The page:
Typhoon Tembin is expected to slam into Vietnam late on Monday after bringing misery to the predominantly Christian Philippines just before Christmas.

Vietnam’s disaster prevention committee said 74,000 people had been moved to safety from vulnerable areas, while authorities in 15 provinces and cities were prepared to move more than 1 million.

The government ordered that oil rigs and vessels be protected and it warned that about 62,000 fishing boats should not venture out to sea.

“Vietnam must ensure the safety of its oil rigs and vessels. If necessary, close the oil rigs and evacuate workers,” Prime Minister Nguyen Xuan Phuc was quoted as saying on a government website.

Schools were ordered to close in the southern commercial hub of Ho Chi Minh City on Monday, a working day in Vietnam.

On Sunday, Tembin hit the Spratly Islands in the South China Sea, parts of which are contested by several countries, including Vietnam and China.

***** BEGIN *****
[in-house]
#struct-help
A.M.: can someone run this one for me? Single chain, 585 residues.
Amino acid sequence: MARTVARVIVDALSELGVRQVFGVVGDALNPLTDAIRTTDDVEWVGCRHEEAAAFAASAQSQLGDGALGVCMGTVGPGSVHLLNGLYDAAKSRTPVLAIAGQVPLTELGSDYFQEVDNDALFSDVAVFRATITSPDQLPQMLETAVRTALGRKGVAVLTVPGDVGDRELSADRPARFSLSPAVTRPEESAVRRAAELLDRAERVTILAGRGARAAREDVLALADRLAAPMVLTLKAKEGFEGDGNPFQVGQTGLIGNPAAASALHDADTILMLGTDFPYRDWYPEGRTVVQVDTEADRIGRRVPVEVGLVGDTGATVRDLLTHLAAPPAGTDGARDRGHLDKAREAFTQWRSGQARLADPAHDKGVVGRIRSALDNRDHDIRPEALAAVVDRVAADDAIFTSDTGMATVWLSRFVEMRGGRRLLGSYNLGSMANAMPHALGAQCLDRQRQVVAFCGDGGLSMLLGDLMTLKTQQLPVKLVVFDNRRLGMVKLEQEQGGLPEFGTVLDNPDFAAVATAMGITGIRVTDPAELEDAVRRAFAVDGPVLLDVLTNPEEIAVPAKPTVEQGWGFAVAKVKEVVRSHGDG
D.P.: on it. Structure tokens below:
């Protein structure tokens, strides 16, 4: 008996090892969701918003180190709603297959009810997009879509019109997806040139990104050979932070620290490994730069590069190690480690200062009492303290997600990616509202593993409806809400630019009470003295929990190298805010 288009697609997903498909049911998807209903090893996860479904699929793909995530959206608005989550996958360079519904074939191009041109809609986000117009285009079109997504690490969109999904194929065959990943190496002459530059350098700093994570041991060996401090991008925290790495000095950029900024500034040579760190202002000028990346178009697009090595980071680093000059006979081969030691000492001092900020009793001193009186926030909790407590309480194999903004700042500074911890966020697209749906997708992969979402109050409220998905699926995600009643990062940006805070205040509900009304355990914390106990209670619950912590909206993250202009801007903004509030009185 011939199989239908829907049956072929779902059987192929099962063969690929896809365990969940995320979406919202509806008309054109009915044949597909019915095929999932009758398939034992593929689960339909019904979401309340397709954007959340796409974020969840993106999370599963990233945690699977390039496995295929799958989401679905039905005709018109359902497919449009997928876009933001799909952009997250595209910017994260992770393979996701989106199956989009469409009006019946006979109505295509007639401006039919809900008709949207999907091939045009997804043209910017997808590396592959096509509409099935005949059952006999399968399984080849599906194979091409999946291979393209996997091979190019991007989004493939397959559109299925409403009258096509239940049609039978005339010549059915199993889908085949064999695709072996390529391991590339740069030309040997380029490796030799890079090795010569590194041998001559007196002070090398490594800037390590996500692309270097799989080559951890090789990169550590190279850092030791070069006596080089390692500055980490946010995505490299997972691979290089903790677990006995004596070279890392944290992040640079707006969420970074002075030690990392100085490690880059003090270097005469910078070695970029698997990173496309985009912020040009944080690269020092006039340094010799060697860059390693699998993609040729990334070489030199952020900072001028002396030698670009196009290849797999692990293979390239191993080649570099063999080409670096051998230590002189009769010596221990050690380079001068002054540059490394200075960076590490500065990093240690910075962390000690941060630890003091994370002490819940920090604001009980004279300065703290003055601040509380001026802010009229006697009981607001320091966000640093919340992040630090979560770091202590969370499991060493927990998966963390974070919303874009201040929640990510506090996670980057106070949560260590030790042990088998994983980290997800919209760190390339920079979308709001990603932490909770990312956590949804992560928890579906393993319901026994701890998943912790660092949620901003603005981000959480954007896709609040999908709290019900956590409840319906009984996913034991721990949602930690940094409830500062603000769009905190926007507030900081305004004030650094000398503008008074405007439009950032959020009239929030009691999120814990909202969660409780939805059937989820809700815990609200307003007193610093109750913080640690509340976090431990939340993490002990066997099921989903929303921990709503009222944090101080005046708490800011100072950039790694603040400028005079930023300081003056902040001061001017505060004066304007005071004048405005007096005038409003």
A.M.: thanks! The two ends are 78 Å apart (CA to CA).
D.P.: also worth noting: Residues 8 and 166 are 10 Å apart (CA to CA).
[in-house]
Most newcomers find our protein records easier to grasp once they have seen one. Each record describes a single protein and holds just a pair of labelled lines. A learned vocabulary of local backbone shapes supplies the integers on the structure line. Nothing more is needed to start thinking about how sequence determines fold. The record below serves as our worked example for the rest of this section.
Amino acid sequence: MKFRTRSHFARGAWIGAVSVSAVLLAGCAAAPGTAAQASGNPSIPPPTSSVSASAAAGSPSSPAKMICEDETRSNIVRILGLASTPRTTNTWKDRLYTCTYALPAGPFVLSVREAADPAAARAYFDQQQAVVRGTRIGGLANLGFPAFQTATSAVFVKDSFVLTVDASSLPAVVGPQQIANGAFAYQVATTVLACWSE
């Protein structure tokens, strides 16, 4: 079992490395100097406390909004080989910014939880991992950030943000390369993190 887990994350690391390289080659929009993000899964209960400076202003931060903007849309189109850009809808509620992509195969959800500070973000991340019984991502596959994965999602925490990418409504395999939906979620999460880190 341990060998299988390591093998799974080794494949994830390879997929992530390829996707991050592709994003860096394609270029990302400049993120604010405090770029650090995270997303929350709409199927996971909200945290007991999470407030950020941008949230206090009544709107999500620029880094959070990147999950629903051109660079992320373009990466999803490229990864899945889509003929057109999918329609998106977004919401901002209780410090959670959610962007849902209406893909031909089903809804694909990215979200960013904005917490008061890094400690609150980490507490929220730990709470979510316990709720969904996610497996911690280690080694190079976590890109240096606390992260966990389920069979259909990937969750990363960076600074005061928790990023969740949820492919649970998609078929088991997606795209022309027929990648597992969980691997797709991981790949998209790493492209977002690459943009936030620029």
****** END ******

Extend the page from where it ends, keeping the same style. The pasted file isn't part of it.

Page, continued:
No casualties were reported in outposts there.

Vietnam, like the Philippines, is regularly battered by typhoons that form over the warm waters of the Pacific and barrel westwards into land.

Tembin will be the 16th major storm to hit Vietnam this year. The storms and other disasters have left 390 people dead or missing, according to official figures.

SCORES MISSING

In the Philippines, rescue workers were still struggling to reach some remote areas hit by floods and landslides that Tembin’s downpours brought, as the death toll climbed to more than 230. Scores of people are missing.

The full extent of the devastation was only becoming clear as the most remote areas were being reached.

Health worker Arturo Simbajon said nearly the entire coastal village of Anungan on the Zamboanga peninsula of Mindanao island had been wiped out by a barrage of broken logs, boulders and mud that swept down a river and out to sea.